Versailles                                        

 

The leaves are gold and scarlet, strewing all

The bosquets with a Persian brilliance, while

The fountains rise and fall.

 

The unbelieved-in gods of marble gaze

Along the alleys, where, far off, the ice

Edges old waterways.

 

Bright pebbles, scattered, dot the Hundred Steps

Like frozen foam on decks of arctic ships.

Diamond and sapphire drops.

 

The grottoes glitter with autumnal lights:

The sound of water running slowly weights

The air; and the damp bites.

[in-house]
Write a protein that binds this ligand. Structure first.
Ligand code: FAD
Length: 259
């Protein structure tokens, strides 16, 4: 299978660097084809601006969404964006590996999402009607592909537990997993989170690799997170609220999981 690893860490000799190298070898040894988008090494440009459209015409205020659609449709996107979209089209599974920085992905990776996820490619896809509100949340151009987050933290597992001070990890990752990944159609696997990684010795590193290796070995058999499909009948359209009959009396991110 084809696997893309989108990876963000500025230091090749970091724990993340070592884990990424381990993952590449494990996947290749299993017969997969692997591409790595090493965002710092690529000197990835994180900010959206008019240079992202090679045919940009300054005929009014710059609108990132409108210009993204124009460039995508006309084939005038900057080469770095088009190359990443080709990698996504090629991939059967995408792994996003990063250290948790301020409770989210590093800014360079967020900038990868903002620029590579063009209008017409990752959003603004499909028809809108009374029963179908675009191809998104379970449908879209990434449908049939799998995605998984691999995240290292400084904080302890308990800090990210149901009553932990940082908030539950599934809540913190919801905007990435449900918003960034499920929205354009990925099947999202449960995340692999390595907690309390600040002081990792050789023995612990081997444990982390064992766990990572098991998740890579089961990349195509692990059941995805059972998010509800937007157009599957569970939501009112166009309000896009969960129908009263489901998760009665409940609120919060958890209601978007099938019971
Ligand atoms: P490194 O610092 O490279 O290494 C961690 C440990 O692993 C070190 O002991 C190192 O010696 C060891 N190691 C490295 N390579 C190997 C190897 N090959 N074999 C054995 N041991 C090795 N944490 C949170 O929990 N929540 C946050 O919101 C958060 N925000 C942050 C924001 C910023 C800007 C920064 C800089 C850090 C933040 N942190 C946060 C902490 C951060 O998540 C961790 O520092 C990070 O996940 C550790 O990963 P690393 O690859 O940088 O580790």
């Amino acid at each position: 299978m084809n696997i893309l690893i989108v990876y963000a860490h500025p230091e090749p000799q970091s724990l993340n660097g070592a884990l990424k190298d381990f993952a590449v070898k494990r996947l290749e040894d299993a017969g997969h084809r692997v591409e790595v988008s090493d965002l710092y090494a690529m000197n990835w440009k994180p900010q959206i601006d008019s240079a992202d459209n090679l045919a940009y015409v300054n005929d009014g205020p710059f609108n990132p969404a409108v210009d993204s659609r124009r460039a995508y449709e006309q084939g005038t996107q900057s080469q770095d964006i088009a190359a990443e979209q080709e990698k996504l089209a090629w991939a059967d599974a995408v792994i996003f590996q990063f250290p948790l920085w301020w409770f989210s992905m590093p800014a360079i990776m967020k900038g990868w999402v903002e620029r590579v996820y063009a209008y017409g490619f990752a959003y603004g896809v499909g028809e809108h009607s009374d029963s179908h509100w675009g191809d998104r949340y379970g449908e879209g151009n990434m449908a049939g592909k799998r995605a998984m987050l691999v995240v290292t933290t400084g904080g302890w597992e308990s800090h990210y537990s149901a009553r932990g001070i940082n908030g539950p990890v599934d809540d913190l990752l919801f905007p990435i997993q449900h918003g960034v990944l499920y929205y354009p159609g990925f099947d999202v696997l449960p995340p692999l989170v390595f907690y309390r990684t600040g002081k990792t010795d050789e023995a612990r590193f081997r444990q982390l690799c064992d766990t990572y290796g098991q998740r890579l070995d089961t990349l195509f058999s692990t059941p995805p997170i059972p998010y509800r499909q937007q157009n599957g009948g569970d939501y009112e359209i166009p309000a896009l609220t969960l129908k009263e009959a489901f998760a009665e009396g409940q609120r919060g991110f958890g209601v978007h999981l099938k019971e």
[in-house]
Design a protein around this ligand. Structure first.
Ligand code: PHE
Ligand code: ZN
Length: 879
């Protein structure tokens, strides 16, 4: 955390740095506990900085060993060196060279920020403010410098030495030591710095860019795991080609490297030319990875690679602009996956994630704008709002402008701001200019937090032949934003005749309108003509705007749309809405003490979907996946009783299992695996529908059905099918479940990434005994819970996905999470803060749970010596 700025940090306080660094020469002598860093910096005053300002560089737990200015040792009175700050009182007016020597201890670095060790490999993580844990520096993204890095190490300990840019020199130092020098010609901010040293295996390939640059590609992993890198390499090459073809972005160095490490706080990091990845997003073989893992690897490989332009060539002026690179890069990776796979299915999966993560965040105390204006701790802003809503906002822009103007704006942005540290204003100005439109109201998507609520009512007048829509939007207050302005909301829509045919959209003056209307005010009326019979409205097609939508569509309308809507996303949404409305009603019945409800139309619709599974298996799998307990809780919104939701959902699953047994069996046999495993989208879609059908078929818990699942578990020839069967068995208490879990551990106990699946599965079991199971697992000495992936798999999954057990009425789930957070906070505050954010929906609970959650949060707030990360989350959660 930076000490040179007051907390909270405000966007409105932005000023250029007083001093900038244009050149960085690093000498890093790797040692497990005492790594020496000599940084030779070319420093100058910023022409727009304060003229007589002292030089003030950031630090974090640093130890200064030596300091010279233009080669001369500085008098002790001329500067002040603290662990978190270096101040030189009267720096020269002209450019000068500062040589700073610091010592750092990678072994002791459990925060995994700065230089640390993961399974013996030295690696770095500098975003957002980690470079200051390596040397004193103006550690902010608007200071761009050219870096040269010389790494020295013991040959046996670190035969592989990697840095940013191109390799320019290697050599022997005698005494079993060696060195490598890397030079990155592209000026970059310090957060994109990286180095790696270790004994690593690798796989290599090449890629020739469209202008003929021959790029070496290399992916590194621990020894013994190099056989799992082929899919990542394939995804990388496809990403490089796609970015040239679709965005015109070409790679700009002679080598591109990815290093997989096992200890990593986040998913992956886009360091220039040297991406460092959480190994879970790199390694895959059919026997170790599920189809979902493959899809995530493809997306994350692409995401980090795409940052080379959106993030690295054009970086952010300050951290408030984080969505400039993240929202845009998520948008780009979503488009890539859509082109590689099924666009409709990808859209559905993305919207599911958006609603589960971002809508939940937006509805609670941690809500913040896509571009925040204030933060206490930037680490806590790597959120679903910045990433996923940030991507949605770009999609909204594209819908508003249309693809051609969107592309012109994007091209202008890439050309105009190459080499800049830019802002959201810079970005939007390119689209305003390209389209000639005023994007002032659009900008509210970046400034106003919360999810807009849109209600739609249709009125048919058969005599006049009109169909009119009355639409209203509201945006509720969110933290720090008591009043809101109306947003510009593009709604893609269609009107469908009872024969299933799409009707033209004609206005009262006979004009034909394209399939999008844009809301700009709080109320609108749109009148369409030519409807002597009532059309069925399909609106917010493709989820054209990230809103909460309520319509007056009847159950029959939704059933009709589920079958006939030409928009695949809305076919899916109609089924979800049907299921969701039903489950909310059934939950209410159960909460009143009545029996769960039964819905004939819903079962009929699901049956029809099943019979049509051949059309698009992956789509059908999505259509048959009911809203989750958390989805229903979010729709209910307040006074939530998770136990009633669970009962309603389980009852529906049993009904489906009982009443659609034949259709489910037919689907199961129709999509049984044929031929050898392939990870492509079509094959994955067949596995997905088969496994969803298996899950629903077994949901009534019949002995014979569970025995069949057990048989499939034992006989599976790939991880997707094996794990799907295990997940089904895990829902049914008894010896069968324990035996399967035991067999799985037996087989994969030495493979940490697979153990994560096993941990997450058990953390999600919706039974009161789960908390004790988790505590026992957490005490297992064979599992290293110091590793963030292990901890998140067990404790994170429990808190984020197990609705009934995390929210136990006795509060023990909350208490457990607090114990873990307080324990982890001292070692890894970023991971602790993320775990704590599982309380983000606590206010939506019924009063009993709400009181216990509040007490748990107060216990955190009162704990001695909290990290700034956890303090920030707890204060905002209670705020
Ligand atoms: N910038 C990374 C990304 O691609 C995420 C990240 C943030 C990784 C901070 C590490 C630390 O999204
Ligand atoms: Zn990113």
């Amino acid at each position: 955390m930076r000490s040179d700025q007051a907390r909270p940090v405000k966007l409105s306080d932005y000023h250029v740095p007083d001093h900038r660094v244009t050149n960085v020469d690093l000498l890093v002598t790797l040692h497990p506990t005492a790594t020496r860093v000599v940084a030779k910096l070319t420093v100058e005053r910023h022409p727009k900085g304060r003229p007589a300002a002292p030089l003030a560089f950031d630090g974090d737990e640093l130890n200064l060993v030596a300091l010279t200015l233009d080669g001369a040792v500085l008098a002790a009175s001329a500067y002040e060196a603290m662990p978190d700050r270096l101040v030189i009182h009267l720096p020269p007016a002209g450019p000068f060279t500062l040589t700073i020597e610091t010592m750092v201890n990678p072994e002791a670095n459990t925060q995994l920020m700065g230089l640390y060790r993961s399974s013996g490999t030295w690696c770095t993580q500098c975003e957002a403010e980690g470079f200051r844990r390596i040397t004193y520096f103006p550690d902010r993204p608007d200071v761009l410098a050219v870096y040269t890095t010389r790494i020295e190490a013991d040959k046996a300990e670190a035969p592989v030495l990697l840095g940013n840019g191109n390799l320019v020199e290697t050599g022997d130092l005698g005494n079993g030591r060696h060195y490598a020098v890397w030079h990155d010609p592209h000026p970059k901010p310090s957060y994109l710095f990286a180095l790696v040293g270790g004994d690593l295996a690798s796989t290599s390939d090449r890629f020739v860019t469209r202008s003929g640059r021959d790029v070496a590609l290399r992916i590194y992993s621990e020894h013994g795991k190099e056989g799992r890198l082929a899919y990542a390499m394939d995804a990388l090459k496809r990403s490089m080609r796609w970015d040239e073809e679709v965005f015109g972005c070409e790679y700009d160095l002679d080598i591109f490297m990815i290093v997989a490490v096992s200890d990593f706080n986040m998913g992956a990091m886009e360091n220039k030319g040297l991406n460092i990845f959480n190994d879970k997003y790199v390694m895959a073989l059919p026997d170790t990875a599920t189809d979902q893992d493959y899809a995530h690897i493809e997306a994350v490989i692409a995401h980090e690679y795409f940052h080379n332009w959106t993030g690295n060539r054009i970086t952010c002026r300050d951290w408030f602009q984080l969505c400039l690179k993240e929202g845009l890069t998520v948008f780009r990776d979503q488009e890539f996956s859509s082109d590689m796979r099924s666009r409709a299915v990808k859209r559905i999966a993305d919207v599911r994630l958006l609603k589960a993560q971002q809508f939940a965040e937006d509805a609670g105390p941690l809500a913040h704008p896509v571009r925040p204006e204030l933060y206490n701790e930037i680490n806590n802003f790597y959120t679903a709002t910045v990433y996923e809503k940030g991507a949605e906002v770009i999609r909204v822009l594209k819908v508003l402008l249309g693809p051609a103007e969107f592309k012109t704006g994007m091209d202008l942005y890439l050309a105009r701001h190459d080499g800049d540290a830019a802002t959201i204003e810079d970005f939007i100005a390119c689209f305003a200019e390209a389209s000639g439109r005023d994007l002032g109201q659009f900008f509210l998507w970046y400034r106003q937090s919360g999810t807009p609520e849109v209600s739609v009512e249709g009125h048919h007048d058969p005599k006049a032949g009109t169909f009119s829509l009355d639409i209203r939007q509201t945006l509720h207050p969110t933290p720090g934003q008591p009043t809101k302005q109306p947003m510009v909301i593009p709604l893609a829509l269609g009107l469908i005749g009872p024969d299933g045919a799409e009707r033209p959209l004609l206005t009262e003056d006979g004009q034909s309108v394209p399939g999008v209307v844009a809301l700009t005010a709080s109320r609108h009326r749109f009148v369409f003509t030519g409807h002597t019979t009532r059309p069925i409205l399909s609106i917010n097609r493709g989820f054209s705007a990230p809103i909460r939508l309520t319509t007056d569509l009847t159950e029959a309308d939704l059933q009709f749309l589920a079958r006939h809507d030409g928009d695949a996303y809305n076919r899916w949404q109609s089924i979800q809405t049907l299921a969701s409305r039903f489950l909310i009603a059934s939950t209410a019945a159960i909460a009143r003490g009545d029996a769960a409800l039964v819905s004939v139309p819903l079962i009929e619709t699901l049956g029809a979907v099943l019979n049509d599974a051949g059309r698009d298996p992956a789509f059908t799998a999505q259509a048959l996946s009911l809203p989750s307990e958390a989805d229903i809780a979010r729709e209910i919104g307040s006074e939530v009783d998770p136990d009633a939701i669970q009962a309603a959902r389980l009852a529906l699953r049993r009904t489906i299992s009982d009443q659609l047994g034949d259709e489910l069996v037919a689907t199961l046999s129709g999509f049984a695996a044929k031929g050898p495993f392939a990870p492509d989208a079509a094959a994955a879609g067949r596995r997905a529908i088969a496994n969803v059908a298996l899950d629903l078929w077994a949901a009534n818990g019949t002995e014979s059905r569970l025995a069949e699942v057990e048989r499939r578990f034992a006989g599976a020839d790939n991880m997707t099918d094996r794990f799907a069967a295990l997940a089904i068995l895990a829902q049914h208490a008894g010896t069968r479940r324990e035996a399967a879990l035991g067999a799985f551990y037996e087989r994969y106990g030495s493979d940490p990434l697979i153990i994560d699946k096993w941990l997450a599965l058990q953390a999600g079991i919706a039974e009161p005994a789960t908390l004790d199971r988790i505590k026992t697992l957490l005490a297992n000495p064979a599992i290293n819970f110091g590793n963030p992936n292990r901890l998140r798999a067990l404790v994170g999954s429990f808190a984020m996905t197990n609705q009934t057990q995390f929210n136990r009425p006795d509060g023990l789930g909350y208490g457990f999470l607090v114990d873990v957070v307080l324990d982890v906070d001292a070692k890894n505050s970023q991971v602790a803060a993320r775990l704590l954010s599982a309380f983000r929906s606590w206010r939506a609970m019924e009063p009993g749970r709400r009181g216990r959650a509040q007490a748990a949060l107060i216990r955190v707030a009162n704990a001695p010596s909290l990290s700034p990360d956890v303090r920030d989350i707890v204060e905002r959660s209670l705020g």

Along the Wing of Princes windows glow

Back at the sun, and, courtier-like, display

Nothing of what they know.

 

The Château at the centre rivals Rome:

Those urns and trophies might bear Caesar’s name:

Pride’s huge and empty home.

 

But all that glory comes to Sunday throngs

Of children by the brazen frog which flings

Water at ancient wrongs.

 

And now the loneliness of twilight leaves

The garden, woods, and palace to the griefs

Of time - and time deceives.